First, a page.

CANBERRA, Australia — Perhaps the most notorious of all diseases and ailments, cancer is an incredibly hard condition to treat. One of the main reasons cancer has proven so difficult to “crack” for modern medicine is the fact that it excels at evading the immune system. Another of cancer’s key features is the disruption of normal gene regulation, which causes cancer cells to both appear and behave differently than normal, healthy cells.
Now, potentially groundbreaking research by a team at the Australian National University (ANU) and the Peter MacCallum Cancer Centre has discovered that a specific protein, called Menin, can contribute to the abnormal deactivation of specific genes in cancer cells.
Researchers explain that cancer cells are capable of turning off certain genes, or ensuring they remain in a dormant state. When certain immune genes are deactivated, some cancers are then able to evade detection by the immune system — essentially becoming invisible. Such a development, of course, can allow a tumor to continue growing unimpeded.
Through the targeting of the Menin protein with drug therapies, study authors believe they can reactivate these genes. That means the cancer cells would once again become visible, opening the door for the immune system to seek out and destroy them.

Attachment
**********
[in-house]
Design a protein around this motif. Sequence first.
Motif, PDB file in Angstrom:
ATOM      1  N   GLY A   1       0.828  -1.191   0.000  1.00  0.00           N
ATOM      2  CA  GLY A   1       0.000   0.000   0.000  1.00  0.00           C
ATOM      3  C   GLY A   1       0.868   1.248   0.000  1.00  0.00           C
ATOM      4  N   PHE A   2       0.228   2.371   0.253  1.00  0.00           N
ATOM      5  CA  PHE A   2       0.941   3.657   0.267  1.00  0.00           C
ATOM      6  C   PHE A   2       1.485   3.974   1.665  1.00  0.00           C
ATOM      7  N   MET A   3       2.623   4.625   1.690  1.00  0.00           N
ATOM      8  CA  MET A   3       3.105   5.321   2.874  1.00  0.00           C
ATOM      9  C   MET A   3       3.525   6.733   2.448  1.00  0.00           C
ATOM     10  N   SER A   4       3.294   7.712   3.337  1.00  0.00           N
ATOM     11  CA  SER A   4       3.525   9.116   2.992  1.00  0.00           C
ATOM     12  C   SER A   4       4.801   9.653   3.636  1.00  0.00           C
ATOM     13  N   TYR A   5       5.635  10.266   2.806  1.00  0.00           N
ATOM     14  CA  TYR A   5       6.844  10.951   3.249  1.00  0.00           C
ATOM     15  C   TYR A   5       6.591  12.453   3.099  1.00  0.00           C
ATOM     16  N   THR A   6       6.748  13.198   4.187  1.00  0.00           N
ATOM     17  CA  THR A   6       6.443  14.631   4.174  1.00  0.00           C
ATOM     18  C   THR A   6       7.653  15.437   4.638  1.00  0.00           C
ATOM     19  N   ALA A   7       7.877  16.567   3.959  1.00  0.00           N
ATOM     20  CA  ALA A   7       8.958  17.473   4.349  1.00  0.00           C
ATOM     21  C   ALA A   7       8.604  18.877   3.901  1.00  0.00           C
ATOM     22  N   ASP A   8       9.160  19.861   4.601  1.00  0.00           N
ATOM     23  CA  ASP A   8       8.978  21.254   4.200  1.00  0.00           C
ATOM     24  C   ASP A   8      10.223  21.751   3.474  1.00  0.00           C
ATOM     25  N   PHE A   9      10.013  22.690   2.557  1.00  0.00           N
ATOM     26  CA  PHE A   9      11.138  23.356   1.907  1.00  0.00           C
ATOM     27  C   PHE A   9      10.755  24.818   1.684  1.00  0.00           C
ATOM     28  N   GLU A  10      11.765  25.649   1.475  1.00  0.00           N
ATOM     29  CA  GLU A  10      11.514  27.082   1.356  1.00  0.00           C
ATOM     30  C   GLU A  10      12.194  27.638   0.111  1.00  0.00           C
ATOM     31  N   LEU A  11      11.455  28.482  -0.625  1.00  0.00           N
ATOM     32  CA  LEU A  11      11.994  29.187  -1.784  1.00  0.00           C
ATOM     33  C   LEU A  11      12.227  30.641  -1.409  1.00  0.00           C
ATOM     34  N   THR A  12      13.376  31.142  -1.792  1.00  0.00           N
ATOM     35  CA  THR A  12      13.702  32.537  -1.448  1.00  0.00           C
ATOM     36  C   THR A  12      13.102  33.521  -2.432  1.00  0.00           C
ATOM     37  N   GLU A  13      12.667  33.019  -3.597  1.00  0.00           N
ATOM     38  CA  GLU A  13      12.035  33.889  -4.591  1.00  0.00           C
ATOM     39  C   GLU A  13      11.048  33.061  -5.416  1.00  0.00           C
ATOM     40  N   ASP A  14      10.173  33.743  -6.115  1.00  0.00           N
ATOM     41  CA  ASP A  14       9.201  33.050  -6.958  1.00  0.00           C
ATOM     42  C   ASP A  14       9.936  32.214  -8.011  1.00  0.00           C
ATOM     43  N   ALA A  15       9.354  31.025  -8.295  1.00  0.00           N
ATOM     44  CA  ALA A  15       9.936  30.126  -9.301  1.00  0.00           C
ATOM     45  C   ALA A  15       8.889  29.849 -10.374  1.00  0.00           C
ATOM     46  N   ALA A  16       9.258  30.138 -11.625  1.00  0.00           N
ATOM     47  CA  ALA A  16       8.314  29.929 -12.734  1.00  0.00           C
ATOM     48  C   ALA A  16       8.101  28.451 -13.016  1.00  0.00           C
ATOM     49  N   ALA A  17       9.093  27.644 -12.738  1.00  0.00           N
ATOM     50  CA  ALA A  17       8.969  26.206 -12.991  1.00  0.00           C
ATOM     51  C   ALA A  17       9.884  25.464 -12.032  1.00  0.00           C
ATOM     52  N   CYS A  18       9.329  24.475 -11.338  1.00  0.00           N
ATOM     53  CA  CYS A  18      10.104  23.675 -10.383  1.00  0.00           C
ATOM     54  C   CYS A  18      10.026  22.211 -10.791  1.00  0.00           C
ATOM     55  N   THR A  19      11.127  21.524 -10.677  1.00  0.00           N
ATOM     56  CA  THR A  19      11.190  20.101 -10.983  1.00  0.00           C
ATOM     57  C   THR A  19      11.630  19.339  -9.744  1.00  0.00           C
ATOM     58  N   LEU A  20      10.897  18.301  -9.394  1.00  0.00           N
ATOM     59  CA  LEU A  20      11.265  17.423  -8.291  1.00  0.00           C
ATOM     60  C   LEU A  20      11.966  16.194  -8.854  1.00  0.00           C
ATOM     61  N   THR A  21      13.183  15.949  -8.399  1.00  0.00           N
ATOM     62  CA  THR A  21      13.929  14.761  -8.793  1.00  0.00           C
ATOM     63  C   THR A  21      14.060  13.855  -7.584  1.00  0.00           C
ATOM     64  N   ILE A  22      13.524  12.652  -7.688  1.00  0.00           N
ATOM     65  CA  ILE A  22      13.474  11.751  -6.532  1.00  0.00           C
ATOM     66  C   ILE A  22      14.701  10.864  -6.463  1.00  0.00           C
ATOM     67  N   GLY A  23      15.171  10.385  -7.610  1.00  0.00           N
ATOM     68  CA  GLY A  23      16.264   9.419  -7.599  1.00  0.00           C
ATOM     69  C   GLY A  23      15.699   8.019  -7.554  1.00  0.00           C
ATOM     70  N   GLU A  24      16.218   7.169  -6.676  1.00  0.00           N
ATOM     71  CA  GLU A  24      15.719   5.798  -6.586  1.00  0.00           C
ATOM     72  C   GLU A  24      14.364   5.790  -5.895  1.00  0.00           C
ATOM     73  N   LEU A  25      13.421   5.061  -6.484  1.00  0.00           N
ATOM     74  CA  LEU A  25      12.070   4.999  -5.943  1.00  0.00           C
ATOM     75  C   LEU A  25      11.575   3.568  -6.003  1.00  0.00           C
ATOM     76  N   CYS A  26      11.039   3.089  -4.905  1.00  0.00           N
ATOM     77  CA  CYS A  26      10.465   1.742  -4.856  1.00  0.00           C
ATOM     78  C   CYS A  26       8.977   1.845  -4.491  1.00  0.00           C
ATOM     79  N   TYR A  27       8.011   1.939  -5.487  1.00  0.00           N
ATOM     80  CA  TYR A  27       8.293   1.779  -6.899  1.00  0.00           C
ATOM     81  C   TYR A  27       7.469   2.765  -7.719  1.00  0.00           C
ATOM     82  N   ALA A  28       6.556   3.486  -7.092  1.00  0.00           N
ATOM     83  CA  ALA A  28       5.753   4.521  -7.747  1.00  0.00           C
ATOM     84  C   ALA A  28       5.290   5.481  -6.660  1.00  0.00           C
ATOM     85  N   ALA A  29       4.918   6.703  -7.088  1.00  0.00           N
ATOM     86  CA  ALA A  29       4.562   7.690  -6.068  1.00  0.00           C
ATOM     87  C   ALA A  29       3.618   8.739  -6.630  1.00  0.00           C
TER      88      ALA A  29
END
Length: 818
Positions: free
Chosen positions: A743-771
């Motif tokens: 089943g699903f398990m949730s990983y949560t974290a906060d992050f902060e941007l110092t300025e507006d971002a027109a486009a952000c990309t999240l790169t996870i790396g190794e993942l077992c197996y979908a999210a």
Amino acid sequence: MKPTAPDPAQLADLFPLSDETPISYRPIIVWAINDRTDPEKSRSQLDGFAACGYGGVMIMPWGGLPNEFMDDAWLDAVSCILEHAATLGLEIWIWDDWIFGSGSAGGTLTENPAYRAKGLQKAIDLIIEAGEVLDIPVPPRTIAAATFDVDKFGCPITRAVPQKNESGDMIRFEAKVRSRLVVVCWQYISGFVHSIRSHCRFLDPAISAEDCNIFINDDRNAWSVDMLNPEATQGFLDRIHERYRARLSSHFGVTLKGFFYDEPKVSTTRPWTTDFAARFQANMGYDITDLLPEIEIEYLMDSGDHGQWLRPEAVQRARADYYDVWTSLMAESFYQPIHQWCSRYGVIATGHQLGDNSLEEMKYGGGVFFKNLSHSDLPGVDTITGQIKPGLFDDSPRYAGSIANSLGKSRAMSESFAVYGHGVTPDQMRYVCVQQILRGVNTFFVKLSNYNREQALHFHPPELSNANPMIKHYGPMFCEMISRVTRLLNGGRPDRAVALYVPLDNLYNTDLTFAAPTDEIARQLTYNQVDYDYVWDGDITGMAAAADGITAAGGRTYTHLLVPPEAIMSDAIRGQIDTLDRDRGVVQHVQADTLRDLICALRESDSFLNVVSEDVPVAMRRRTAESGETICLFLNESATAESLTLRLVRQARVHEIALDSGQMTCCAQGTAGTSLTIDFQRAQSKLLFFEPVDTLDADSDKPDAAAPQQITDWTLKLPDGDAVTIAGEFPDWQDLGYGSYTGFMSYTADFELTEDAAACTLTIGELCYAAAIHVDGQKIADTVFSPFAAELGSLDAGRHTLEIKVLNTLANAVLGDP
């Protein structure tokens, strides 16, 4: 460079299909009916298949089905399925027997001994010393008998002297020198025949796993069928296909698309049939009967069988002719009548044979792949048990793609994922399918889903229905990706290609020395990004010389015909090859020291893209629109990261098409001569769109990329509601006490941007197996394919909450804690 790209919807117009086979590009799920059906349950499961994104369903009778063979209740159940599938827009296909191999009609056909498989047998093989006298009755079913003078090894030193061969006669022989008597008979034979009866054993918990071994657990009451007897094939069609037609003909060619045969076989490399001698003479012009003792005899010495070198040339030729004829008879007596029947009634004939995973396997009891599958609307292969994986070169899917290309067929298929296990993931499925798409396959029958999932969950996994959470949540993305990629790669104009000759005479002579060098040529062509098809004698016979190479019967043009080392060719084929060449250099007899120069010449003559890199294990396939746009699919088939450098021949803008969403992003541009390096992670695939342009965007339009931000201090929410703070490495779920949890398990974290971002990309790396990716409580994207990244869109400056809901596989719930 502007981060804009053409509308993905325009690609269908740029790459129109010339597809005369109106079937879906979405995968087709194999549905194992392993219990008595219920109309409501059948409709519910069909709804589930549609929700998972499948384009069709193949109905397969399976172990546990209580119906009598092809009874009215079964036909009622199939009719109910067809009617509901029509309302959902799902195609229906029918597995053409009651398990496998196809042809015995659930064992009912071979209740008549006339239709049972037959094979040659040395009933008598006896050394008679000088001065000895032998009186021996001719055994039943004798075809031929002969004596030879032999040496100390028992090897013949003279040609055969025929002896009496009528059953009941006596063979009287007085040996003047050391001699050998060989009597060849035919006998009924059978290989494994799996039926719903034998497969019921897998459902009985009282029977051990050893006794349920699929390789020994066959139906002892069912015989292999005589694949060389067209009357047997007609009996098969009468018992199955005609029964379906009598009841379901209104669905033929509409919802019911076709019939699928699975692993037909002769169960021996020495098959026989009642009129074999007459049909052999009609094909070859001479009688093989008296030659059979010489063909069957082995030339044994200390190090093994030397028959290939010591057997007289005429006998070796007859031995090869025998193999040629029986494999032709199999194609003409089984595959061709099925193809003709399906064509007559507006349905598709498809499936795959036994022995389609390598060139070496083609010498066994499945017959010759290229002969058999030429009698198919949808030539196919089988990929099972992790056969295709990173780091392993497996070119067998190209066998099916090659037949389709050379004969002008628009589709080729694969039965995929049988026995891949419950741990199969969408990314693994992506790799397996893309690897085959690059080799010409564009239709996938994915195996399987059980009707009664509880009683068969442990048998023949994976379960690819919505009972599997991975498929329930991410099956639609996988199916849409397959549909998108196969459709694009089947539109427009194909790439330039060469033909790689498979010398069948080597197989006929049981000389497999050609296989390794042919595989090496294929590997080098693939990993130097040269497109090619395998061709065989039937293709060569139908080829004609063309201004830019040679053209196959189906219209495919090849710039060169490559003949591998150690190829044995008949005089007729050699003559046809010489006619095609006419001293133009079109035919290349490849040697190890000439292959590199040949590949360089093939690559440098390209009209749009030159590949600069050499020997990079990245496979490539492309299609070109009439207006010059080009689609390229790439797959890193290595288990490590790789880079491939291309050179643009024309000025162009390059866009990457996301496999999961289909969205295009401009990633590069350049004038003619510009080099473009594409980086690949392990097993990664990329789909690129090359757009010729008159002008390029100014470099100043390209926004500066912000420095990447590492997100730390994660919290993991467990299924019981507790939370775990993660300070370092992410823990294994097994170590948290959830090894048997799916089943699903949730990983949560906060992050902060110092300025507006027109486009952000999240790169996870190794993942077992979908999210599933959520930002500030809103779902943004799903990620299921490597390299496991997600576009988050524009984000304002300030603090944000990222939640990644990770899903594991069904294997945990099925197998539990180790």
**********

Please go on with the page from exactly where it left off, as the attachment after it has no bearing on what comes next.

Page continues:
All in all, this work could very well lead to new, more successful treatments for cancers like lymphoma and lung cancer. Moreover, Professor Mark Dawson, from the Peter MacCallum Cancer Centre, adds these findings can help scientists learn more about how cells function in general.
“Our research discovery has major implications for many different fields of research because we need to understand how cells make decisions and change the way they act in order to find new ways to treat cancer,” Prof. Dawson says in a university release.
Gene editing could wipe out cancer’s ability to stay invisible
ANU Associate Professor Marian Burr, one of nine Snow Fellow researchers and a joint senior author, adds scientists utilized gene-editing technology to delete the Menin protein from cancer cells.
“Menin has been previously shown to activate genes. However, our research unexpectedly found that Menin functions to keeps these genes in an inactive dormant state,” Burr explains. “This meant that by deleting Menin we could turn on the immune genes, which is essential to help the immune system to detect and kill the cancer cells.”
“Importantly, specific drugs that inhibit Menin have been developed and are currently being tested in clinical trials for specific forms of leukemia,” she concludes. “Our findings expand the potential clinical uses of these drugs. We have shown that Menin inhibitors can be used in combination with other existing treatments to enhance killing of lymphoma and lung cancer cells in the laboratory.”
Study authors note that they believe these drugs have great potential to prove effective against other types of cancer as well.
The study is published in Nature Cell Biology.